The success of Open Innovation hinges on many organizational aspects as we have discussed extensively on the MOOI forum in the past months and will continue to do so as of September 2014 onwards. To summarize, we have discussed corporate strategy, top management, organizational structures, HR, culture, and IP in light of Open Innovation.
The MOOI-forum is in its 5th month now, focusing on Open Innovation and corporate culture as theme. Every month, great discussions emerge on the forum. This article takes a look at how open innovation can be applied in many different strategic settings compared to the showcases described in different publications during the last decade.
The fourth theme addressed by MOOI is the relation between Open Innovation and Human Resource Management. This article delves deeper into the few articles that have arisen on HR and OI in the academic and professional literatures and the lessons that can be drawn from these existing sources. It also shares some of the take aways from the MOOI-forum discussions on this particular topic focus.
Open innovation cannot be implemented in companies without the right organizational structure and processes supporting it. What are these organizational structures and processes that facilitate open innovation in companies? They determine the success of open innovation practices and, therefore, this theme clearly deserves more attention from managers. It is surprising that very few academic and professional articles have been written about this topic.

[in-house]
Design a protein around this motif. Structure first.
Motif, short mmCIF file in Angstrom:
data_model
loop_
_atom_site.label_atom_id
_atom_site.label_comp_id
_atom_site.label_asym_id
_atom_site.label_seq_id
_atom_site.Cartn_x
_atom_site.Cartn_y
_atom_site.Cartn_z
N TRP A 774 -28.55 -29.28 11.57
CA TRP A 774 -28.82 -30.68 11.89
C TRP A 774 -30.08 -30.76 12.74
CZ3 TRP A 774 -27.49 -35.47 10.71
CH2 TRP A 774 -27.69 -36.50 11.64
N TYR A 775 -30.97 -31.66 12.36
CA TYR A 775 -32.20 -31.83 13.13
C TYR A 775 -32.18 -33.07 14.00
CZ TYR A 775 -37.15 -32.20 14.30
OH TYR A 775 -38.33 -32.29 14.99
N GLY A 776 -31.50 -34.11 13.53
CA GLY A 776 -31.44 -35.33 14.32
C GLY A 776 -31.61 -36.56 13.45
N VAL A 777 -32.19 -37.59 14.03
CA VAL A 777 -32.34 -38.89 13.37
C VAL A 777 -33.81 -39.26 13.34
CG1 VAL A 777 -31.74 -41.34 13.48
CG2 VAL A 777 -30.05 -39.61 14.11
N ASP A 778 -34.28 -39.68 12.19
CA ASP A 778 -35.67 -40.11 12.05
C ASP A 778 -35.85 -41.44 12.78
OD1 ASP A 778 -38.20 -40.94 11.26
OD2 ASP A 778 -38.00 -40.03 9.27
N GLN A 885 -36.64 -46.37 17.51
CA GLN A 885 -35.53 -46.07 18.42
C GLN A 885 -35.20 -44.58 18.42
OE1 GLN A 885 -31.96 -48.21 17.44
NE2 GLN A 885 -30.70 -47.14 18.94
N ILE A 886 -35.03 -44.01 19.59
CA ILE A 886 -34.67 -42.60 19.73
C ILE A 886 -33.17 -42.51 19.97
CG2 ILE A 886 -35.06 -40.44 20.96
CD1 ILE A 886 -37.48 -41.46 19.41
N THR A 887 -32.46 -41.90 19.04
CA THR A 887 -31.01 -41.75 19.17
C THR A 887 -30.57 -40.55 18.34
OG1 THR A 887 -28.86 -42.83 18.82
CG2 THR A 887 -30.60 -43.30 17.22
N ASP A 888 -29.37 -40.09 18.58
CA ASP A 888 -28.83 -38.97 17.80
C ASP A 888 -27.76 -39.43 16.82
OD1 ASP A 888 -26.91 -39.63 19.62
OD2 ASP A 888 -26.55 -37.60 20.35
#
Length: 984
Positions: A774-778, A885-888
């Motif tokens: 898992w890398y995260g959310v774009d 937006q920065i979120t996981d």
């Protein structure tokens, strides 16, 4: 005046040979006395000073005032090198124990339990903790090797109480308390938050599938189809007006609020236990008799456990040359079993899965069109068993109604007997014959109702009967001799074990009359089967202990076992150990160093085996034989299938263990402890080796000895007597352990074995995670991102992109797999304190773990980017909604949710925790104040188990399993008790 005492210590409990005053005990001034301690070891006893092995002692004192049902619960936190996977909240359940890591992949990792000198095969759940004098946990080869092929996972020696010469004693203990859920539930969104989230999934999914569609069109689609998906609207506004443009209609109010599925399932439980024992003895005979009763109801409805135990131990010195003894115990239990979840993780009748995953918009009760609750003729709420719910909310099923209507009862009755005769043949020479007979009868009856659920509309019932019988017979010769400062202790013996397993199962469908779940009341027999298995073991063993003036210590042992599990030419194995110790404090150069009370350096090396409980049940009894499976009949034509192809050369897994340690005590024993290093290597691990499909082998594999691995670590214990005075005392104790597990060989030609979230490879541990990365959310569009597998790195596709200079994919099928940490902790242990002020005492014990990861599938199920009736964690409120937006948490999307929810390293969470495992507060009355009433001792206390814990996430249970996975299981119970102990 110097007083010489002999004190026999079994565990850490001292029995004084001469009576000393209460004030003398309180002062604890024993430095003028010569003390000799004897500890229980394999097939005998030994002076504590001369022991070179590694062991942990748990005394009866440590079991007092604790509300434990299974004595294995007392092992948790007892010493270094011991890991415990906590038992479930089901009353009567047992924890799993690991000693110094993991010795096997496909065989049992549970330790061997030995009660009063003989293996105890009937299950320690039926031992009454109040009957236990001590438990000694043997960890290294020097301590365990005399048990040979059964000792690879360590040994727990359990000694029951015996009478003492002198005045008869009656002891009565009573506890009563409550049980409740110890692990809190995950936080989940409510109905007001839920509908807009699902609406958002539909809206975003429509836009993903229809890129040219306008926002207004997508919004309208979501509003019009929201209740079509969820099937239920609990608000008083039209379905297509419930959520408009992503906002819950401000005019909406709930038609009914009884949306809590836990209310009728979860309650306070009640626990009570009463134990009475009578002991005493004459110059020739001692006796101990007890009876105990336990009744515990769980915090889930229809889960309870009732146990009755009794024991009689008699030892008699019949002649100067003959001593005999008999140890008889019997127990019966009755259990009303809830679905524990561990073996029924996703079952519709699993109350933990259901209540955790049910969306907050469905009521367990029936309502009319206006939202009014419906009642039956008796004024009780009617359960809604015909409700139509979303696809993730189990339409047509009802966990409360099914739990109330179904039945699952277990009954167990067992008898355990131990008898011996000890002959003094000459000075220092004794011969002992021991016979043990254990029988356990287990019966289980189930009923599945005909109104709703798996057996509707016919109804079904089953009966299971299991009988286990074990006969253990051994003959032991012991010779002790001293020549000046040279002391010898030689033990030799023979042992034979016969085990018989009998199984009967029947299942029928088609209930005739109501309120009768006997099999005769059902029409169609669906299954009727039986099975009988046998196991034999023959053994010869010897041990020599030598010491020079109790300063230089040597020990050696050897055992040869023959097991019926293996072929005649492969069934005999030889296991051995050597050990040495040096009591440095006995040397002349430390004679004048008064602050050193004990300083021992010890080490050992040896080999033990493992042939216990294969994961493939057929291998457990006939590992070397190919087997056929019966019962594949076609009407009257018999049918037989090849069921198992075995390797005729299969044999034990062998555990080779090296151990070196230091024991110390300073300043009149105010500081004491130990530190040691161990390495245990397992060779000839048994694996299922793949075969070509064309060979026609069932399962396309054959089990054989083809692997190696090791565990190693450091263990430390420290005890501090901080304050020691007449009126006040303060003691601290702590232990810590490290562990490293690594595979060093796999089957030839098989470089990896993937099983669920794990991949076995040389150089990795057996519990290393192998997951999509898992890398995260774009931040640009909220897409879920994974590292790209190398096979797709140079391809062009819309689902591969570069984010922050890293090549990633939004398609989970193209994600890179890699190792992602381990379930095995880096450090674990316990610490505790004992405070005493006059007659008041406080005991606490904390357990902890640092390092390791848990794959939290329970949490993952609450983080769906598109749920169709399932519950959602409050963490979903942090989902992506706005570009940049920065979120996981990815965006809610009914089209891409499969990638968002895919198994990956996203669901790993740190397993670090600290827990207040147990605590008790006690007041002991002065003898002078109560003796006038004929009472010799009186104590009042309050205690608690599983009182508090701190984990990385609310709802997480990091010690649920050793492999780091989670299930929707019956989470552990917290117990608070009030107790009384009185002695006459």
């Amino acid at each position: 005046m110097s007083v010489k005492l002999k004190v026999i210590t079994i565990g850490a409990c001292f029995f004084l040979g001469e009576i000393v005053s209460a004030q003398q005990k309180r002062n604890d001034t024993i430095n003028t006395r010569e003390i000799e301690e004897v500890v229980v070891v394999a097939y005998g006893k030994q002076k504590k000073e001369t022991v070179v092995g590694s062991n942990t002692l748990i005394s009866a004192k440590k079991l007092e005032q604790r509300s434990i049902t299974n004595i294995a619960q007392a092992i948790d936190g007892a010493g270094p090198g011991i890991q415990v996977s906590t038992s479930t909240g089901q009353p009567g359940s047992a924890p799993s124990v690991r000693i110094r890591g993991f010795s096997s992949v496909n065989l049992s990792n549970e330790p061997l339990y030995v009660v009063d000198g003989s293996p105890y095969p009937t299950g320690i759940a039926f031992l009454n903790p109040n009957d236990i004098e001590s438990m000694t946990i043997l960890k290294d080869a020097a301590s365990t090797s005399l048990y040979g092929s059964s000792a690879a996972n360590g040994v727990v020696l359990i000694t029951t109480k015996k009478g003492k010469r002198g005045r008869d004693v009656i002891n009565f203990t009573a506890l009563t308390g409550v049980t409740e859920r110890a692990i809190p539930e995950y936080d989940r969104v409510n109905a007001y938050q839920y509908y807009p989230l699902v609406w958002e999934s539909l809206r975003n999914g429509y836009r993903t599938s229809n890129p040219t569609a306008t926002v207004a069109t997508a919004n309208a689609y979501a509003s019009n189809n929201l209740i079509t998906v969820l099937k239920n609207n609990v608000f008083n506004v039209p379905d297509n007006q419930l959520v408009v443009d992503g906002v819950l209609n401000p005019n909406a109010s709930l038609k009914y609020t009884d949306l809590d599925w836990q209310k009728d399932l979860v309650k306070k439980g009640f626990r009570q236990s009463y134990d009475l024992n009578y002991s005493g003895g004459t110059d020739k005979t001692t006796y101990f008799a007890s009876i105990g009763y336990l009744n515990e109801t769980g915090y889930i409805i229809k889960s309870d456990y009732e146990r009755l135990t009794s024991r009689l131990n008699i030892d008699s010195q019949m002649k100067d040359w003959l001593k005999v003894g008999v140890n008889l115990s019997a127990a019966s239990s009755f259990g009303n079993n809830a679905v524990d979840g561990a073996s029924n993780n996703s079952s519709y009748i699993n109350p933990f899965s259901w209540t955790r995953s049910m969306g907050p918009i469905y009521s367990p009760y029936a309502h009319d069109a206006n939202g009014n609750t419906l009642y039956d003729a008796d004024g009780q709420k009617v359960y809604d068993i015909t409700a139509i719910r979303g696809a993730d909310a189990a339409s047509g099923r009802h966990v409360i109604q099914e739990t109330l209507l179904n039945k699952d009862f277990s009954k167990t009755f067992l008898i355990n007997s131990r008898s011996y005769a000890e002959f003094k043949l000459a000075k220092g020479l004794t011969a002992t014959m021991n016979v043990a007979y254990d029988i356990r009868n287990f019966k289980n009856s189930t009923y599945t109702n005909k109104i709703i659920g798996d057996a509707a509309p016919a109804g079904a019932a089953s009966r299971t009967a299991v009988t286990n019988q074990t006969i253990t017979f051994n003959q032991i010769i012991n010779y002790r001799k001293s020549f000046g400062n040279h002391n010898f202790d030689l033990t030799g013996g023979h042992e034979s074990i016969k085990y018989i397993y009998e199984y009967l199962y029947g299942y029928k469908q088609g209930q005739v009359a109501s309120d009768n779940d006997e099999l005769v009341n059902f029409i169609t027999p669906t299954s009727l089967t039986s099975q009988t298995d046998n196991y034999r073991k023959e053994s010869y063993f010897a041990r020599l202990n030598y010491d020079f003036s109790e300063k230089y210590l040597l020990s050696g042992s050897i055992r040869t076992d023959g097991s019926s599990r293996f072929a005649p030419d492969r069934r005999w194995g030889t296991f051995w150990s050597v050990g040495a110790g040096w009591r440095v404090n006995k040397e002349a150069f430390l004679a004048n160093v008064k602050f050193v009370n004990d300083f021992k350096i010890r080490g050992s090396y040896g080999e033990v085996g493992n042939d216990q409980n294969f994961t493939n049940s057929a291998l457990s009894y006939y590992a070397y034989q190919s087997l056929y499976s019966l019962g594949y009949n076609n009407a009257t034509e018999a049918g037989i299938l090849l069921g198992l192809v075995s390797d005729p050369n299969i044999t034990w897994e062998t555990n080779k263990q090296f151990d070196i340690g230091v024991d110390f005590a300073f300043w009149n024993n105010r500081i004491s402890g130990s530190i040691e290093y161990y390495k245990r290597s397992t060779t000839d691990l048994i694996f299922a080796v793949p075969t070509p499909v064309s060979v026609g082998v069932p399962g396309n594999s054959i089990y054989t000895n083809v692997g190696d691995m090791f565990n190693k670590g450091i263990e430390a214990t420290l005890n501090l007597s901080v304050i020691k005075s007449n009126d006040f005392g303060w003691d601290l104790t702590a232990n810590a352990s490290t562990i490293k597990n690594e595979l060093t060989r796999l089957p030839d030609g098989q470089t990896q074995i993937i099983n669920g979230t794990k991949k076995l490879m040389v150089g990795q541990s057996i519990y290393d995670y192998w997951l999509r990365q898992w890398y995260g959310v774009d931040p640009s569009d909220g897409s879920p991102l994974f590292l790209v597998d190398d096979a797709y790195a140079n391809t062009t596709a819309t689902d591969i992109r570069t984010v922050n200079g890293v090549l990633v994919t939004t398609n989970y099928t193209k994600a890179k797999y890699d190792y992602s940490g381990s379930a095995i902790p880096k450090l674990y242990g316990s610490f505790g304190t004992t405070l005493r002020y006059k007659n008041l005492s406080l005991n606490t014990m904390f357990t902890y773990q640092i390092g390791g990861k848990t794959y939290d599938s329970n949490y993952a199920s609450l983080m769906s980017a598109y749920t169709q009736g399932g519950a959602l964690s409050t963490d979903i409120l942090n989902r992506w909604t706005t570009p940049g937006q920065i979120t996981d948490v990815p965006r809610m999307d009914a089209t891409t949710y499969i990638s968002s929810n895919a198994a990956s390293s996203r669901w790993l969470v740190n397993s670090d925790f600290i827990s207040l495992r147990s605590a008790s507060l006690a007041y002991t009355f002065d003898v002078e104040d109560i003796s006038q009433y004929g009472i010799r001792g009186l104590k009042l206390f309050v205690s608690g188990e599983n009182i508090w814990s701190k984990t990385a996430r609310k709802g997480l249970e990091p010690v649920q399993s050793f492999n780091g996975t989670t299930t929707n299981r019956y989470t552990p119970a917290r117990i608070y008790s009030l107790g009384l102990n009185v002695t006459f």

The MOOI-forum is in its 4th month now, focusing on Human Resources Management and Open Innovation as monthly theme. Every month, great discussions emerge on the forum. One topic that came back each month but remained somewhat in the background is what we could label “the different faces of open innovation”.
Implementing open innovation requires a shift in mindset and a change in culture. It requires individuals to be open for external ideas and to share knowledge. This is not the way innovation is managed traditionally. For individuals to behave in a way that fosters open innovation, support from the top management seems to be crucial. Is this really the case? Or are top executives too far away from the action when it comes to innovation and open innovation?
Though intensely talked about, open innovation remains a subject matter that both fascinates and creates apprehension among business professionals. In the following interview, Henry Chesbrough, the father of open innovation according to Wikipedia, has sat down with IM.se to discuss a few key aspects of this largely new and challenging innovation model: its evolution, its applicability and most importantly, its essential role in facilitating knowledge creation for the future. He teaches at UC Berkeley’s Haas School of Business, and Esade Business School in Barcelona.
Henry Chesbrough has earned a worldwide reputation for his pioneering work on open innovation, influencing a generation of executives by identifying and describing the practice of innovating in collaborative groups outside the enterprise. We caught up with Henry to talk about his upcoming appearance at the European Innovation Conference and his new book.